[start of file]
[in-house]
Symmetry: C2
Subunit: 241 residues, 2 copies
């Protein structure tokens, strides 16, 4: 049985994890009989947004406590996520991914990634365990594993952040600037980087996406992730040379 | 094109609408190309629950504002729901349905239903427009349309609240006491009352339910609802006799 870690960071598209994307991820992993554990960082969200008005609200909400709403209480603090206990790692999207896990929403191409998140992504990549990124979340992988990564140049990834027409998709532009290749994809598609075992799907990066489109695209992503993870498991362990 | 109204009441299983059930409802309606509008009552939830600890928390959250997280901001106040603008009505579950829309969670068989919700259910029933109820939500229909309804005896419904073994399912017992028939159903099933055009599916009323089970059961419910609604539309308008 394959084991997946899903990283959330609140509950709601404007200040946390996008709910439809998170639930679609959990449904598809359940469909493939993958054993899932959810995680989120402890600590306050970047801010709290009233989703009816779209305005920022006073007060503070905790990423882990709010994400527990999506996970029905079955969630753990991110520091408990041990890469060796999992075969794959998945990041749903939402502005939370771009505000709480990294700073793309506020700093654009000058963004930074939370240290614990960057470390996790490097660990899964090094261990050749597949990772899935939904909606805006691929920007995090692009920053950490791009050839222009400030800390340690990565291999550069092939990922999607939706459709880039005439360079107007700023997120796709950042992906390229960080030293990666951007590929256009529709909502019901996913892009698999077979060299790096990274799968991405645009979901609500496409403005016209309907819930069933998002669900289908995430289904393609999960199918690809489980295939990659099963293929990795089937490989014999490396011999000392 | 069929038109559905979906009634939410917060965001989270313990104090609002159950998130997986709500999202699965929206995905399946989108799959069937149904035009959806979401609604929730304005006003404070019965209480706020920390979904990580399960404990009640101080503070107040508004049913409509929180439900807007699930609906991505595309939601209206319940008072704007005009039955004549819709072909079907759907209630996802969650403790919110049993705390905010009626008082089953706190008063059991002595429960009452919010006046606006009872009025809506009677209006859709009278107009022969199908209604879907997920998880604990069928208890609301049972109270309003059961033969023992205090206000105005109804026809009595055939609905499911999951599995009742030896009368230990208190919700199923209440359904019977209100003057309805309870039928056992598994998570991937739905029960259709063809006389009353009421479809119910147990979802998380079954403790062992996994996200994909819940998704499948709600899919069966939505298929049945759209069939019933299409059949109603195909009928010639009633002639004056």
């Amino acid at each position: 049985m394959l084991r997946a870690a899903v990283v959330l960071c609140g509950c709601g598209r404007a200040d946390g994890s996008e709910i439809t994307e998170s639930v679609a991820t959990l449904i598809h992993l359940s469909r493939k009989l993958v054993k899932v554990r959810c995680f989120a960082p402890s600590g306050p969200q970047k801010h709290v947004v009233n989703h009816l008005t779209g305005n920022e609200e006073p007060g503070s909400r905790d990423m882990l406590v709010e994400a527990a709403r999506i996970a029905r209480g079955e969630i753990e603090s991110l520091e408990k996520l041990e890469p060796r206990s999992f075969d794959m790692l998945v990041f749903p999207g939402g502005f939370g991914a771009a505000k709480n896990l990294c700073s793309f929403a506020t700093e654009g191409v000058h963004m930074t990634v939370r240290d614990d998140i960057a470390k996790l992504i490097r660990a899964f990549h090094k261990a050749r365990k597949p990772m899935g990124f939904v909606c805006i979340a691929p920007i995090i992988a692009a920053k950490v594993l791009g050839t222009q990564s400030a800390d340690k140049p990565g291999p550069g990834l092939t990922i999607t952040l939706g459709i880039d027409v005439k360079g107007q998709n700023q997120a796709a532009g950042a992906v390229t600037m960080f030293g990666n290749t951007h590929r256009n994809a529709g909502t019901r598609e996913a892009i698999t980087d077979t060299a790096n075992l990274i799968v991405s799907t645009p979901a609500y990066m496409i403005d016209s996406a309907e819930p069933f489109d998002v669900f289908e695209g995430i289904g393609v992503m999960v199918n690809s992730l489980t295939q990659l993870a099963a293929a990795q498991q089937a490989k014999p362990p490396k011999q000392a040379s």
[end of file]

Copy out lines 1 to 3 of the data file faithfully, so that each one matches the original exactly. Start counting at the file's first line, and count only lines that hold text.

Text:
[in-house]
Symmetry: C2
Subunit: 241 residues, 2 copies